film / tv / politics / social media / lists / web / celeb / pajiba love / misc / about / cbr
film / tv / politics / web / celeb


'Q: Into the Storm' Offers the Sympathetic Profile of QAnon Supporters that No One Asked For

By Dustin Rowles | TV | March 22, 2021 |

By Dustin Rowles | TV | March 22, 2021 |


Way back in September, before all the fallout at Reply/All, they ran a podcast about QAnon in which they revealed with near certainty the identity of Q. Last night, HBO’s QAnon six-part docuseries Q: Into the Storm began airing, and they asked the same question — who is Q? — which will be answered in the finale.

The answer, however, has already leaked, and is generating news stories, and I just want to save you all six hours by telling you that Reply/All was right, and whatever else you might think about the podcast, it packs all you need to know about QAnon and its origins into 56 minutes instead of six hours.

On the other hand, I watched the first episode of Q: Into the Storm last night, and my charitable assessment is this: It is not necessary. It is a megaphone for QAnon. It humanizes its supporters, and while I wouldn’t say it creates false equivalencies between QAnon supporters and those who spend their time debunking QAnon, it does pit the two sides against one another.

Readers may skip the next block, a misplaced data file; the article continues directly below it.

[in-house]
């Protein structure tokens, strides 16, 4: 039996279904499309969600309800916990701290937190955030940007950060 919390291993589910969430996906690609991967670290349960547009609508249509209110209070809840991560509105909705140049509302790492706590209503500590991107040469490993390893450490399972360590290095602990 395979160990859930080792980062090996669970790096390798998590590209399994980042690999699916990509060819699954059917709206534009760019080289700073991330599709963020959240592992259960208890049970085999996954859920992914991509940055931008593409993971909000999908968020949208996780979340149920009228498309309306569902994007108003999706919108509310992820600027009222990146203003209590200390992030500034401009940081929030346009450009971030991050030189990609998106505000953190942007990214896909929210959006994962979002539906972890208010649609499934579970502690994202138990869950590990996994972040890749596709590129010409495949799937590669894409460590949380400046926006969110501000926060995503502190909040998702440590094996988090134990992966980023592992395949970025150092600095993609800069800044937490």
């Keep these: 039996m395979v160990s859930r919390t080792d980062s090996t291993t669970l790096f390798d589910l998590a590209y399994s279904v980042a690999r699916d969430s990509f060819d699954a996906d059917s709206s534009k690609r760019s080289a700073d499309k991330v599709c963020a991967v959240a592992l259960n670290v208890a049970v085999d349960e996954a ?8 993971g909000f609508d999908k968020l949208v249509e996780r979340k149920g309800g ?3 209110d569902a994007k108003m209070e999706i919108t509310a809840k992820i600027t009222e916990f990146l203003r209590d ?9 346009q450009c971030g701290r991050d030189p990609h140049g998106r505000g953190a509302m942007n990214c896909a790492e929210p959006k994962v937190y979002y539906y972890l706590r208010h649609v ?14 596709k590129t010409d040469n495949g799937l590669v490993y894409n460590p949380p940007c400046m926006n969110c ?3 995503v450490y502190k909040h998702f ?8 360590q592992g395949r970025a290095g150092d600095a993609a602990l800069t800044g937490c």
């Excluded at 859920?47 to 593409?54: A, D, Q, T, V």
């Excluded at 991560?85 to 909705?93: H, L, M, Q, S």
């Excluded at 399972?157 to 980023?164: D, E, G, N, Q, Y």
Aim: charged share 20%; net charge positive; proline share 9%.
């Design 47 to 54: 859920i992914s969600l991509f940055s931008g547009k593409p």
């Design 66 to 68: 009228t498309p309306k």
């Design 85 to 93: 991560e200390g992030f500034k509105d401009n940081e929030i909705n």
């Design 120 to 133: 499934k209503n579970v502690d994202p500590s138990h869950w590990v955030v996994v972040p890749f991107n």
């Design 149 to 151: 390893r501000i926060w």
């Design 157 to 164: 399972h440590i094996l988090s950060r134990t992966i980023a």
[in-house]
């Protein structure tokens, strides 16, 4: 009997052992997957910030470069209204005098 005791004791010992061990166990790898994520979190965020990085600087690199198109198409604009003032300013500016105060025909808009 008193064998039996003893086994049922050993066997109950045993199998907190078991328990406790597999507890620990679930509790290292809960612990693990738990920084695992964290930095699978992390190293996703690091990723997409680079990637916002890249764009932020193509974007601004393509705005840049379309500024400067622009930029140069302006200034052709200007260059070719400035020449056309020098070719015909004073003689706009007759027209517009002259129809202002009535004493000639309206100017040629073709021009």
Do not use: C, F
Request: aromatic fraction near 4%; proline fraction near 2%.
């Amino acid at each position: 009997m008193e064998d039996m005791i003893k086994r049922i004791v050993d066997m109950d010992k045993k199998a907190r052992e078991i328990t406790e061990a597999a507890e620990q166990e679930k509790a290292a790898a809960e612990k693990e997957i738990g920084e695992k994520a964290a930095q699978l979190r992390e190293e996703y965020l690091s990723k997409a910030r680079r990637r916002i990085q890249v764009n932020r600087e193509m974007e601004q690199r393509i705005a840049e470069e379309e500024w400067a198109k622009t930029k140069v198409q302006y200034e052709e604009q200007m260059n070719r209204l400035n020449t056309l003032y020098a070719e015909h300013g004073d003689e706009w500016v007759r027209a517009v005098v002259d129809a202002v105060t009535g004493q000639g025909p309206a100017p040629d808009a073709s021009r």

More than that, however, I would say that the docuseries is less about the cultural importance and/or danger of QAnon and the spread of misinformation on social media, and more about the messy drama behind the scenes. I love messy celebrity gossip! These people are not celebrities, however. They are people who sought to spread dangerous misinformation with the specific intent of creating an event like the Capitol insurrection. These people used Q to raise their own brand awareness and to profit from needlessly demonizing politicians, celebrities, and other liberals as pedophiles.

But I guess what put me off fairly early on are the interviews with a husband and wife team who quit their jobs to devote their lives full-time to promoting Q, and they were talking admiringly of what their work has meant to other people, how it “saved their lives” or “brought them out of depression” or “gave them purpose.” That’s called a “community,” and communities are great — online or in the real world — but not if the communities are devoted to the spread of disinformation that divides the country, endangers lives, promotes bigotry, endangers Democracy, and results in attempts at coups. If you want to join a community, hang out in our comments section for a while, or join the Ted Lasso Reddit.

All of which is to say: I need a sympathetic profile of a QAnon supporter like I need another goddamn hole in the head, and from what I have seen of the first episode of Q: Inside the Storm, there are an awful lot of attempts to “understand” these people and treat their relationships, arguments, territorial disputes, and alliances as gossip instead of the bullshit that it is.

Also, Jim Watkins was Q. He doesn’t know anything and has no inside connections to anyone. He’s just a dude.

Dustin is the founder and co-owner of Pajiba. You may email him here, follow him on Twitter, or listen to his weekly TV podcast, Podjiba.

Header Image Source: Getty Images